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Point of First Contact – Doing it wrong
No drugs or would-be immigrants were hidden in the sedan that rolled up to a Border Patrol checkpoint on a Southern California highway last week, but within 90 seconds the driver was handcuffed.
His 4-year-old boy was crying. And a video camera mounted on the car’s dashboard captured the moment. The motorist had said he was an American but told the agent he did not have to say where he was going, would not consent to a search of his trunk and would not move his car.
“You brought this on yourself, buddy,” an agent says as he is led away.
Organized Crime: Gov Don’t Like Competition
The trial of six former Philadelphia narcotics officers accused of robbing drug dealers in a 42-page indictment that read like a script for a Hollywood action movie is expected to begin in federal court Monday.
Five of the six officers face life sentences for their participation in what authorities say is a corrupt organization whose members dangled a drug dealer from an 18th story balcony to get him to divulge the password to his computer. Others were beaten with with metal bars, according to court documents, and kicked detainees in the teeth.
The officers, Perry Betts, Thomas Liciardello, Linwood Norman, Brian Reynolds, John Speiser, and Michael Spicer, were taken into custody July. All but Liciardello, the accused ringleader, have been out on bail.
Defense attorneys declined to comment on the case, citing a gag order. But court filings indicate that lawyers plan to challenge the credibility of witnesses, many of whom are criminals with unsavory pasts.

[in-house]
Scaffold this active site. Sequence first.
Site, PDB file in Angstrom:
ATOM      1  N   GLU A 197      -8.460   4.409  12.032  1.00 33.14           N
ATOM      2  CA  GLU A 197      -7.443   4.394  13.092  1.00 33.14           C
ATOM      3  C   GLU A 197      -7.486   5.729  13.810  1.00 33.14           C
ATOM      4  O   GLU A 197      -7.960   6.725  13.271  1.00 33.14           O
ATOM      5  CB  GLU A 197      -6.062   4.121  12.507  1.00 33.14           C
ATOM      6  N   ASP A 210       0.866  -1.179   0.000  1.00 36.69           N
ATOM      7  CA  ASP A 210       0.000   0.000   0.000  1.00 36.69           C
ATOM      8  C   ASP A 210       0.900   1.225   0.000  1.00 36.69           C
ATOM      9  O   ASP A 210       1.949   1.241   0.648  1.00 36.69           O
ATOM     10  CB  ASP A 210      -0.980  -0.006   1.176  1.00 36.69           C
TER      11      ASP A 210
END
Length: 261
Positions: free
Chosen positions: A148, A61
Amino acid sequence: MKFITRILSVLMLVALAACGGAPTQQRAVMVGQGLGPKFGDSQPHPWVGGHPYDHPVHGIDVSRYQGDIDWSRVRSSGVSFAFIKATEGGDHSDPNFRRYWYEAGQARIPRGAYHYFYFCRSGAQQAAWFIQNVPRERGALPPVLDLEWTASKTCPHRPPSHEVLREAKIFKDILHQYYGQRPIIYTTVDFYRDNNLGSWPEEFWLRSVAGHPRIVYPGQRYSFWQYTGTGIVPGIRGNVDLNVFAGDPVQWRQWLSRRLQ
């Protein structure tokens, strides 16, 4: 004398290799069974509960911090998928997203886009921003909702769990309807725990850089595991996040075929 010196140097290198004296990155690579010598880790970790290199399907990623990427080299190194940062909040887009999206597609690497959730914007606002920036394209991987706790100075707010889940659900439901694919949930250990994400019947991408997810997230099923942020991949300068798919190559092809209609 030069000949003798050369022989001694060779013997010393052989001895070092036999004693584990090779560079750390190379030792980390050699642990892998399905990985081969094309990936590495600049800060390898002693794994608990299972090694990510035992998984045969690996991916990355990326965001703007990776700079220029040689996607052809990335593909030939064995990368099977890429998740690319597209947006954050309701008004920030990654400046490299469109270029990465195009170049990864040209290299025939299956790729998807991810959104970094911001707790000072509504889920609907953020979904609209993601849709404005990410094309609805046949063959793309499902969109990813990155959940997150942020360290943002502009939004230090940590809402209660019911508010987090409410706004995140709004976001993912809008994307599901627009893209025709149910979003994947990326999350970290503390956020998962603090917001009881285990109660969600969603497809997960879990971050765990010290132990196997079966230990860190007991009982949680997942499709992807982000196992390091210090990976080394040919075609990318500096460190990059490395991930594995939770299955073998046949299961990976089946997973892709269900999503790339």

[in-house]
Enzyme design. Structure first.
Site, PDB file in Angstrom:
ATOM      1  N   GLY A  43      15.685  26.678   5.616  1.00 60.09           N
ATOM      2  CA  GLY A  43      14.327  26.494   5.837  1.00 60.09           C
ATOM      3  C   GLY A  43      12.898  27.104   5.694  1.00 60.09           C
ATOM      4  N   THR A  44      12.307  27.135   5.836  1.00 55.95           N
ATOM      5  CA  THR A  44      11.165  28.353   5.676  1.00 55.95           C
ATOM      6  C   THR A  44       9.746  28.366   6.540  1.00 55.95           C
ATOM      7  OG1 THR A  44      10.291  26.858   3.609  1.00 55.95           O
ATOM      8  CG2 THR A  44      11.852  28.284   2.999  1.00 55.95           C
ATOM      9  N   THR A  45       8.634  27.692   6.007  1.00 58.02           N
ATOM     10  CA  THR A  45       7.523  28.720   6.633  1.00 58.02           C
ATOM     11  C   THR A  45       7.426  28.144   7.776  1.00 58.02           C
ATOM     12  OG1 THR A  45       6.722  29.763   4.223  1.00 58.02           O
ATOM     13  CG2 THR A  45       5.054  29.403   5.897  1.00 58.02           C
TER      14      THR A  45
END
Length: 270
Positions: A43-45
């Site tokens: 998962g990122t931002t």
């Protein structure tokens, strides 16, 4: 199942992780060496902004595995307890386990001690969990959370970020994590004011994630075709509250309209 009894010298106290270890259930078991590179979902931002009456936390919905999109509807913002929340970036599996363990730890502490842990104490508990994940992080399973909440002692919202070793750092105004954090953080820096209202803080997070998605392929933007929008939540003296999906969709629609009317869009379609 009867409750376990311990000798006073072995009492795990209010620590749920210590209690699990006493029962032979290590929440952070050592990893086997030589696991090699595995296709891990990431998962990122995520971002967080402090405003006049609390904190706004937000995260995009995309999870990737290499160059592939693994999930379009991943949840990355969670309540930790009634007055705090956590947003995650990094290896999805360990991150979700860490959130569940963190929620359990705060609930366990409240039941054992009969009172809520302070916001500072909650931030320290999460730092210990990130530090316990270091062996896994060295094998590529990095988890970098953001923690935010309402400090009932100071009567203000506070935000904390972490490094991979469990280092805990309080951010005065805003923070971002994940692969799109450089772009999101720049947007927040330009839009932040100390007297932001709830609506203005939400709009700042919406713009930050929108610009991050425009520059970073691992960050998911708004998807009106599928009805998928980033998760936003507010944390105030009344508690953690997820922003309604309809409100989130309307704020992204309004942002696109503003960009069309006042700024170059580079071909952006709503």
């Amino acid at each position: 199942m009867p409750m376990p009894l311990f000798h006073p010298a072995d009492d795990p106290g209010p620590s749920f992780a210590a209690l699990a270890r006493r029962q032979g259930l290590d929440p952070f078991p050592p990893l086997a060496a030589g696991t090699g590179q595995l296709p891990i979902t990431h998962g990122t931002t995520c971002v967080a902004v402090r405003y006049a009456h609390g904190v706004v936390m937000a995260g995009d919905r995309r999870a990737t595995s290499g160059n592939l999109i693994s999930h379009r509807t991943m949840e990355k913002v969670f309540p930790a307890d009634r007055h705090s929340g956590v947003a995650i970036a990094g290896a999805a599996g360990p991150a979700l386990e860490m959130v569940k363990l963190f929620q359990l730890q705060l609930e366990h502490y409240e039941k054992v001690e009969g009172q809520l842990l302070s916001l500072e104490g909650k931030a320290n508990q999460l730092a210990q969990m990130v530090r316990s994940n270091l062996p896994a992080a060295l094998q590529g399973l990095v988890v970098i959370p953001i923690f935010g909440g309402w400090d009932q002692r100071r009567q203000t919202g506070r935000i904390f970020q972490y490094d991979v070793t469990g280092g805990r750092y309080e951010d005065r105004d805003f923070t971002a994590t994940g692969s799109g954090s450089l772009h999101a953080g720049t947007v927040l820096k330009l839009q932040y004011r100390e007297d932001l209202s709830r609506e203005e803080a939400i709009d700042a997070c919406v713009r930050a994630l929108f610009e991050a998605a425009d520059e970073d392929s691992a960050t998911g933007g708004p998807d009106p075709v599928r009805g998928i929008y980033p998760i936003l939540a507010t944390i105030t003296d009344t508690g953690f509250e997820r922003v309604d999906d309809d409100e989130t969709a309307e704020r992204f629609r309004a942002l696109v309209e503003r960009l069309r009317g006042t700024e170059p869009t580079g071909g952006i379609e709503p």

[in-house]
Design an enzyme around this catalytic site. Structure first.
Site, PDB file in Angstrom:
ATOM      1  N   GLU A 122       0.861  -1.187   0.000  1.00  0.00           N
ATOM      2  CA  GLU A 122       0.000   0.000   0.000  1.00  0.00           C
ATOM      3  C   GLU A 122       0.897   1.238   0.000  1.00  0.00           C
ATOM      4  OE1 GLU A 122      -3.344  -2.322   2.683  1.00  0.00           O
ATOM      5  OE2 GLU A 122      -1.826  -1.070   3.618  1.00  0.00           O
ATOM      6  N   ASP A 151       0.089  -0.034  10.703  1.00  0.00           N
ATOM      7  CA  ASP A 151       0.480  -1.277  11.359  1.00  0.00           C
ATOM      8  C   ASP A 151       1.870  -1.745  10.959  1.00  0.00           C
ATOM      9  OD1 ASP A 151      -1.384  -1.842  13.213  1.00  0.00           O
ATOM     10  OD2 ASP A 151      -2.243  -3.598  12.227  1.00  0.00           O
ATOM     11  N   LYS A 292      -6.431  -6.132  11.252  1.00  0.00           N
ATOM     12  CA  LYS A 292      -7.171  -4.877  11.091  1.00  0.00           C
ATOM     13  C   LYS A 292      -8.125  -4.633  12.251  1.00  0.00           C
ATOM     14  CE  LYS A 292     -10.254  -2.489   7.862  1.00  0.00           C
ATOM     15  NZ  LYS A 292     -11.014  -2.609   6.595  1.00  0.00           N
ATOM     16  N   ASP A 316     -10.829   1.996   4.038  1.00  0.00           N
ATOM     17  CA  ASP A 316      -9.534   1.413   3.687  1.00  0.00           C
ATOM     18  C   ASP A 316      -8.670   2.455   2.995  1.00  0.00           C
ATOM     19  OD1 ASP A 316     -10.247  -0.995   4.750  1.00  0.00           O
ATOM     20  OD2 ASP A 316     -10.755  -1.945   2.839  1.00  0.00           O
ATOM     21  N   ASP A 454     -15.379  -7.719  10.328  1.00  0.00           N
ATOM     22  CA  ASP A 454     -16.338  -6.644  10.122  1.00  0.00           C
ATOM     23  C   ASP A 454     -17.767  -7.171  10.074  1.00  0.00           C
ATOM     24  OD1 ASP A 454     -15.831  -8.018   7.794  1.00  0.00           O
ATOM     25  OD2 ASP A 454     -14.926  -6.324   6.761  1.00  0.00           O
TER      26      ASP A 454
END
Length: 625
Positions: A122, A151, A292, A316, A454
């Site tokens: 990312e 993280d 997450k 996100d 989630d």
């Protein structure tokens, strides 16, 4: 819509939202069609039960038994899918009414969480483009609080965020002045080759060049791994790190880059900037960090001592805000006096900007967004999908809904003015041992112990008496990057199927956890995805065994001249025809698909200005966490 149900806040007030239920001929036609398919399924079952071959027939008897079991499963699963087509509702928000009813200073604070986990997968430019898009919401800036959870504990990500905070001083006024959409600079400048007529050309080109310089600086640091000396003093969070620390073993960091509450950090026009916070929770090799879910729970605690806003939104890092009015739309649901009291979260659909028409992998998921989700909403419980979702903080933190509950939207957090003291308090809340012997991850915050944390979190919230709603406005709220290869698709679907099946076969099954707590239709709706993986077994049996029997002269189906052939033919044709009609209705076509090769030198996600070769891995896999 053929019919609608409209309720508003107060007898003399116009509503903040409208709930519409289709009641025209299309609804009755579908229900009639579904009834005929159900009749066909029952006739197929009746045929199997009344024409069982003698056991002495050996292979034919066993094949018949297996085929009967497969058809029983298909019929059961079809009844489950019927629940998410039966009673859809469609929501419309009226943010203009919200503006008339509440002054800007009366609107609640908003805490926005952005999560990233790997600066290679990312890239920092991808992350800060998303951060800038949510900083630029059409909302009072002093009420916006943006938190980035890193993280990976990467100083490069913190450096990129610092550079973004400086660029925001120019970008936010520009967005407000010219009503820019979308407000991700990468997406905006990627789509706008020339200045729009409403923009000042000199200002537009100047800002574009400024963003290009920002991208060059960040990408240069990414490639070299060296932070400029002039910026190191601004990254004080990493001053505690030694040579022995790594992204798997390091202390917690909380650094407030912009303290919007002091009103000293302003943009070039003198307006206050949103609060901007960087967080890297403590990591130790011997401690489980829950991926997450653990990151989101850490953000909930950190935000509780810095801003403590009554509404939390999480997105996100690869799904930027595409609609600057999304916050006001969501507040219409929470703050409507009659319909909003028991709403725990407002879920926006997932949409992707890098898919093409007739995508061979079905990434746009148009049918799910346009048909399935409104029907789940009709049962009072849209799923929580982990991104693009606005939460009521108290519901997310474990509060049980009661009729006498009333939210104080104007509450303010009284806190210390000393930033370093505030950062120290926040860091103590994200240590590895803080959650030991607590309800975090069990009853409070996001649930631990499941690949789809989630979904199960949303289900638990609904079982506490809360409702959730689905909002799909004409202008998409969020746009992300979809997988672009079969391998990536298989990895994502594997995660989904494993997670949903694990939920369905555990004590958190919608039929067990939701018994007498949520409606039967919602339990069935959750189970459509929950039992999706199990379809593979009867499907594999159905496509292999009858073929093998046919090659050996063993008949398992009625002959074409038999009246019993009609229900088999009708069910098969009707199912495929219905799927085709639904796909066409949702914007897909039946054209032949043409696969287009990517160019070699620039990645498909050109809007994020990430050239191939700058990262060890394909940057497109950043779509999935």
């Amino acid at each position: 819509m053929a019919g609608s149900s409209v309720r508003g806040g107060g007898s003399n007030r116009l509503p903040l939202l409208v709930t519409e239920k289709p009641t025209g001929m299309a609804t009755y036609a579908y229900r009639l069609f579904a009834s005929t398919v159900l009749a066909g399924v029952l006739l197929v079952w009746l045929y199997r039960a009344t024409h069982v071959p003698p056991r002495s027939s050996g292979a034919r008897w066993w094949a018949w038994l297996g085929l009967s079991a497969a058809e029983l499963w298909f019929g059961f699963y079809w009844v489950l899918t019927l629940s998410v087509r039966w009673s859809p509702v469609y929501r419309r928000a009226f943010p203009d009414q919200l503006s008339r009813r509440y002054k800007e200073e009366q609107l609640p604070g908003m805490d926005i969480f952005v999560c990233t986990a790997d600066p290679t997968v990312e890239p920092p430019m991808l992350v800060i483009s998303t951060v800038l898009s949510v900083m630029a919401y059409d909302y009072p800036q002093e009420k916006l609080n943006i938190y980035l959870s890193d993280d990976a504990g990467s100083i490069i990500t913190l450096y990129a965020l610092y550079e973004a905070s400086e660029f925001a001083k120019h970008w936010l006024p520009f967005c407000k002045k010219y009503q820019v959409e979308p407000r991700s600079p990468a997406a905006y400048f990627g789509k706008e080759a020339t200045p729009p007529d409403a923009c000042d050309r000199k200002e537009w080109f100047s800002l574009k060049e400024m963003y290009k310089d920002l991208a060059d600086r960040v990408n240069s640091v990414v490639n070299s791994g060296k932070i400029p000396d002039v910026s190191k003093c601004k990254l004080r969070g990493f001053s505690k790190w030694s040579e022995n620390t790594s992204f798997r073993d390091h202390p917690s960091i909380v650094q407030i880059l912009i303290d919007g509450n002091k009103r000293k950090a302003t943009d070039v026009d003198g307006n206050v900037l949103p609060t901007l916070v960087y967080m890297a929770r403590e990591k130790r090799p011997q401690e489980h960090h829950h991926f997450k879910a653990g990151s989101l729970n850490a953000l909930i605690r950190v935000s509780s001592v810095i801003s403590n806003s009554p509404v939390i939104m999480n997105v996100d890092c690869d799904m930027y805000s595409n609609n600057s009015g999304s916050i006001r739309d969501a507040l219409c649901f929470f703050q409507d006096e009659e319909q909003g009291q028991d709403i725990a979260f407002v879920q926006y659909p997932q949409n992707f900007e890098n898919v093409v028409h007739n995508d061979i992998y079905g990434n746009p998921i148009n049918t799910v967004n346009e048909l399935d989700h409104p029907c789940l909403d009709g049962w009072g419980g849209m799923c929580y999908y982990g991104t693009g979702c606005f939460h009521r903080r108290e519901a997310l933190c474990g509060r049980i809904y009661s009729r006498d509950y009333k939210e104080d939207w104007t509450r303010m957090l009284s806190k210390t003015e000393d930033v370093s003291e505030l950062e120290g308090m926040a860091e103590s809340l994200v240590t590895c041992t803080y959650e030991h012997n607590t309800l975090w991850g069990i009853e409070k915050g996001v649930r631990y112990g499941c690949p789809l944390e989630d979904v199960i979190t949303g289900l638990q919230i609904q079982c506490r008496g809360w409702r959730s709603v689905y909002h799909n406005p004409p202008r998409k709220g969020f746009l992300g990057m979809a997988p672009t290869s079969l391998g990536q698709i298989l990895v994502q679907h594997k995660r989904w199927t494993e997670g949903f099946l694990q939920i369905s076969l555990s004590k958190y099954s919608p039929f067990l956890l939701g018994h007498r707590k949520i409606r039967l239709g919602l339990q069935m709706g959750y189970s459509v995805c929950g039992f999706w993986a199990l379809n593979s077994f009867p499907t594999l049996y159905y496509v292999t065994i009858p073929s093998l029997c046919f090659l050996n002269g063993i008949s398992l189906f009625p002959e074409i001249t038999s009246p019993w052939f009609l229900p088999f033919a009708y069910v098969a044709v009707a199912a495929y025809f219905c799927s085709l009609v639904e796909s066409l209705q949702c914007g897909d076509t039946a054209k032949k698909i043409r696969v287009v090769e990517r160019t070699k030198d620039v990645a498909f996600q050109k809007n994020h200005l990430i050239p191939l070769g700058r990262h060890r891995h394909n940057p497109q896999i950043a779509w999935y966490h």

- American police killed more people in March (111) than the entire UK police have killed since 1900
Yeah. Those numbers are real.
Don’t bother adjusting for population differences, or poverty, or mental illness, or anything else. The sheer fact that American police kill TWICE as many people per month as police have killed in the modern history of the United Kingdom is sick, preposterous, and alarming.
Police beat Phillip White to death in New Jersey. He was unarmed.
Police shot and killed Meagan Hockaday, a 26-year-old mother of three.
Police shot and killed Nicholas Thomas, an unarmed man on his job at Goodyear in metro Atlanta.
Police shot and killed Anthony Hill, an unarmed war veteran fighting through mental illness, in metro Atlanta.
I could tell 107 more of those stories.
This has to end.
- Alabama inmate freed after nearly 30 years on death row
Anthony Ray Hinton is thankful to be free after nearly 30 years on Alabama’s death row for murders he says he didn’t commit.
And incredulous that it took so long.
Hinton, 58, looked up, took in the sunshine and thanked God and his lawyers Friday morning outside the county jail in Birmingham, minutes after taking his first steps as a free man since 1985.
He spoke of unjustly losing three decades of his life, under fear of execution, for something he didn’t do.
“All they had to do was to test the gun, but when you think you’re high and mighty and you’re above the law, you don’t have to answer to nobody,” Hinton told reporters.
“But I’ve got news for you — everybody that played a part in sending me to death row, you will answer to God.”
- Silent Weapons for Quiet Wars
- The people know that they have created this farce and financed it with their own taxes (consent), but they would rather knuckle under than be the hypocrite.
Factor VI – Cattle
Those who will not use their brains are no better off than those who have no brains, and so this mindless school of jelly-fish, father, mother, son, and daughter, become useful beasts of burden or trainers of the same.
- Mr. Rothschild’s Energy Discovery
What Mr. Rothschild  had discovered was the basic principle of power, influence, and control over people as applied to economics. That principle is “when you assume the appearance of power, people soon give it to you.”
The Law of War
INSTRUCTIONS FOR THE GOVERNMENT OF ARMIES OF THE UNITED STATES IN THE FIELD
Where Not Throwing Oppression Off, You Live Either Under an Occupation or by Conquest.
The Choice and Responsibility are Yours
United We Strike